The thing is, you know there is not a word of explicit ‘ad hominem’ rancour – just a devastating choice of words stating the facts. Pope Francis is a master of it.

  2. 2

    Excellent post. Thank you.

    Axel @ 1: Say what?

  3. 3
    News says:

    The main thing is, Hart is calling a spade a spade, to use a term that goes back – in that specific form – to ancient Greece.

    Why are supposedly smart people paying attention to Dennett’s self-refuting rubbish? Do their jobs depend on it? But why?

    Of COURSE Dennett has the right to publish whatever a publisher will front. And the rest of us have the right to say, hogwash.

  4. 4
    EDTA says:

    Anyone else notice how much Daniel Dennett resembles Charles Darwin?

  5. 5
    Barry Arrington says:

    My fave so far:

    Simply enough, you cannot suffer the illusion that you are conscious because illusions are possible only for conscious minds. This is so incandescently obvious that it is almost embarrassing to have to state it.

  6. 6
    Barry Arrington says:

    My new fave:

    Why presume that the scientific image is true while the manifest image is an illusion when, after all, the scientific image is a supposition of reason dependent upon decisions regarding methods of inquiry, whereas the manifest image — the world as it exists in the conscious mind — presents itself directly to us as an indubitable, inescapable, and eminently coherent reality in every single moment of our lives?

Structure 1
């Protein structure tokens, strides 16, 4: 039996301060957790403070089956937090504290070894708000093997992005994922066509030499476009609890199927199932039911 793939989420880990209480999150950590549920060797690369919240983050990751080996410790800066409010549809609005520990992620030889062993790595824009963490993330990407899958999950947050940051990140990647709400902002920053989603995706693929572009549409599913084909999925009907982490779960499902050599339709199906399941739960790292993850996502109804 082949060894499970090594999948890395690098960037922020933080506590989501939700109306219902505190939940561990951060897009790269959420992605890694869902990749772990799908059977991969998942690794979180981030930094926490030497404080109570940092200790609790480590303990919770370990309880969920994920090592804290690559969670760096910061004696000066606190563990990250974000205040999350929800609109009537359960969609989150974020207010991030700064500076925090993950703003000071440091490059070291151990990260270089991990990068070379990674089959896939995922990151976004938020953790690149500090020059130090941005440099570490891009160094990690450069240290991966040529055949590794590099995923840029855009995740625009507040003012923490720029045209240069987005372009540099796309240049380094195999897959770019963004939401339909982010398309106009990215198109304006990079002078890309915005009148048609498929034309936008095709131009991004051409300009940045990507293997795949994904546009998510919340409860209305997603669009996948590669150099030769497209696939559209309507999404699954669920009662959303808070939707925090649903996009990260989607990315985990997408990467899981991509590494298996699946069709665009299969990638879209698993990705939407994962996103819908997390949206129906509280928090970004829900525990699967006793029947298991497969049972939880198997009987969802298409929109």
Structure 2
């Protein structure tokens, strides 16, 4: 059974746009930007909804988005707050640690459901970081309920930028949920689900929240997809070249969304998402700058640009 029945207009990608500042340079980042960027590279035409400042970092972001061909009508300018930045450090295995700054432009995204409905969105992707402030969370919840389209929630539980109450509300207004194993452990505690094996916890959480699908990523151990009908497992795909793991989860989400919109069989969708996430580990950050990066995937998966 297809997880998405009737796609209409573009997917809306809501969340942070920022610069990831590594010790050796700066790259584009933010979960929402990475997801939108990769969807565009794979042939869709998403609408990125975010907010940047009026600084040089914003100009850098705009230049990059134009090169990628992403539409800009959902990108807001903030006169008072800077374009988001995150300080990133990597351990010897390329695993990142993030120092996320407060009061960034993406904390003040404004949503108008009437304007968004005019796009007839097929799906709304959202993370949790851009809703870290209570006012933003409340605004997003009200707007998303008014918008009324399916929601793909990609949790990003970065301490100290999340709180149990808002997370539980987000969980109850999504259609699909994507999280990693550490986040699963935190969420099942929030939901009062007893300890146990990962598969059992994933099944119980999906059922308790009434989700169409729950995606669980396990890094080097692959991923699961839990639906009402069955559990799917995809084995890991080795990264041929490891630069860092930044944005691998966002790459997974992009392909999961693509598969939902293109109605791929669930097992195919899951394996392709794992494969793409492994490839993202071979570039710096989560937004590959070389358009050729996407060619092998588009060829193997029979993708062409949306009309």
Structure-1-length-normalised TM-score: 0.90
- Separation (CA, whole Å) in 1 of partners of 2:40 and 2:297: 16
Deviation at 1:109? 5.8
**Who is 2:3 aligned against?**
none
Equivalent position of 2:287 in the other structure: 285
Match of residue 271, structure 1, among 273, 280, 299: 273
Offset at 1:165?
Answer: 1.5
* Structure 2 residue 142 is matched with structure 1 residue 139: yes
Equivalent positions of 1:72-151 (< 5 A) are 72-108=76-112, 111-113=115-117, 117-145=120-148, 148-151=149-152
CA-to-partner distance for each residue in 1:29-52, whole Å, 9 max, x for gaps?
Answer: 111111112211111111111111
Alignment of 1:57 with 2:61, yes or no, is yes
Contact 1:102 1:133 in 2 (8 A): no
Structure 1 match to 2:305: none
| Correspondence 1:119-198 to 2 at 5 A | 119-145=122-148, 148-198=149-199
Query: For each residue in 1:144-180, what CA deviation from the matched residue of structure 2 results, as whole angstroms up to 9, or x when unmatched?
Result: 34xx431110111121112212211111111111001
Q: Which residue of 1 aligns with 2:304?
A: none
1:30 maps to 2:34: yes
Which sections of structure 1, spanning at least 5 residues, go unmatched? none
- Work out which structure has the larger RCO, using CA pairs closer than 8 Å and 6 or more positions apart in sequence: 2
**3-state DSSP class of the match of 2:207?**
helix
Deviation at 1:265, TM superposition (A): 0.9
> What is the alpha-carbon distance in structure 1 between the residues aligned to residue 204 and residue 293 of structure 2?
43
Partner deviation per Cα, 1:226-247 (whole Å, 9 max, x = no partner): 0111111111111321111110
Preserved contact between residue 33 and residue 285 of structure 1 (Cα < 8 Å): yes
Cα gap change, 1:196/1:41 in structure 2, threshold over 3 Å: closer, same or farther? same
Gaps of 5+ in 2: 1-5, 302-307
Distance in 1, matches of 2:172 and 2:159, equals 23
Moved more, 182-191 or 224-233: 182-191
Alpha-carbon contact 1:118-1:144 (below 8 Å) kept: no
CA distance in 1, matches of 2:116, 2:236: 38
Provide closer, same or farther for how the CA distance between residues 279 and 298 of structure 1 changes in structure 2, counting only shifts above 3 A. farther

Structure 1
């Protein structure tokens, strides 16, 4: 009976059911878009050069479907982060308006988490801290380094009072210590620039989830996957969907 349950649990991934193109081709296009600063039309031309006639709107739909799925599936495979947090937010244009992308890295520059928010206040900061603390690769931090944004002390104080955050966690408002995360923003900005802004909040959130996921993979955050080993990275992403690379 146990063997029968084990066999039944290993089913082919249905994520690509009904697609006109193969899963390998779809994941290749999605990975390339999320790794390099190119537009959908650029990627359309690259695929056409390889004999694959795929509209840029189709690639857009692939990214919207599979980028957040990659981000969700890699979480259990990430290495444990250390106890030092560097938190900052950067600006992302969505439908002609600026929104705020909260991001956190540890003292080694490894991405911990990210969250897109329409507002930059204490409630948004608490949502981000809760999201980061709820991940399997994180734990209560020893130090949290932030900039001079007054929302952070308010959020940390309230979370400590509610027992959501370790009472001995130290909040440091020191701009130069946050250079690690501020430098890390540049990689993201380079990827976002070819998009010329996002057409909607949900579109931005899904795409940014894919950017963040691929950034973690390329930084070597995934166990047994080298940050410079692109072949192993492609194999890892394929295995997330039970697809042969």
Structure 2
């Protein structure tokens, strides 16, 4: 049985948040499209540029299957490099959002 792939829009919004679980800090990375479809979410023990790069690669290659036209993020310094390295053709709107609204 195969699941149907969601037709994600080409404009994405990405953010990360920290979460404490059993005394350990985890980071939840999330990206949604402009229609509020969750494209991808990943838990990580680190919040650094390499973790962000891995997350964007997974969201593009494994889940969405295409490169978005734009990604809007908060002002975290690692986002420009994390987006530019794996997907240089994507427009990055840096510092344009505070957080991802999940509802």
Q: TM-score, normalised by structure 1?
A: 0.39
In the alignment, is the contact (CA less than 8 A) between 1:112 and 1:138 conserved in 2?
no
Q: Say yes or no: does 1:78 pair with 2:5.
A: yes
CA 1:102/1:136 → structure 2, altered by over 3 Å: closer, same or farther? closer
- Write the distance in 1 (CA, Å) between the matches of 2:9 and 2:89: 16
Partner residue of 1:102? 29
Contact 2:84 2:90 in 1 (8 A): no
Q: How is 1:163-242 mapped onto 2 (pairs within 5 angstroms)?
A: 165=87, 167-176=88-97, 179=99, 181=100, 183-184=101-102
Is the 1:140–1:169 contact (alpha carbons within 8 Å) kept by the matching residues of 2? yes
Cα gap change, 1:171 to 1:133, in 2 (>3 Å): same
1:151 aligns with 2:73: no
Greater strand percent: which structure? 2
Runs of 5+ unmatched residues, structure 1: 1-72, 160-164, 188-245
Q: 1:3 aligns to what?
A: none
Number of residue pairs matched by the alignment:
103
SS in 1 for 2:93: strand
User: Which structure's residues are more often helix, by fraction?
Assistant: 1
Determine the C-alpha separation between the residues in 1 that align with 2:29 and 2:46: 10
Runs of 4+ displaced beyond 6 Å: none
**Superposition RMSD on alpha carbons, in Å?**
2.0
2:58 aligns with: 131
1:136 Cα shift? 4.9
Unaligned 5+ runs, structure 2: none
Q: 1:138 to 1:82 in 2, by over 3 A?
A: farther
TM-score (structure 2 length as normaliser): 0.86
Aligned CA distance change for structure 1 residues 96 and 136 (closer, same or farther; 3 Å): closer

That question is unanswerable.

  7. 7
    rvb8 says:

    Does the good philosopher also include in his studies of the Greek patricians, Democritus?

    You know? He who first thought of ‘atoms’, being physically but not geometrically invisible?

    Of course Democritus and his uncanny foreshadowing of modern science, is the philosopher most capable scientists admire.

    The works of the other great thinkers are far beyond me. But that is strange in itself, because when I read the ideas of Democritus, they are easily, and instantly grasped. When I read the other great dead thinkers, (upart from occasionally), I am left numb.

    I equate these old thinker’s writings, to the writings of modern IDists, who remain opaque. We can then extend this negative comparison, to a more positive comparison with the modern writers of good science, who are completely accessible.

    I have a question for IDers: Do you believe that the more obscure, and complicated an explanation, or piece of writing is, the more respectability it gets?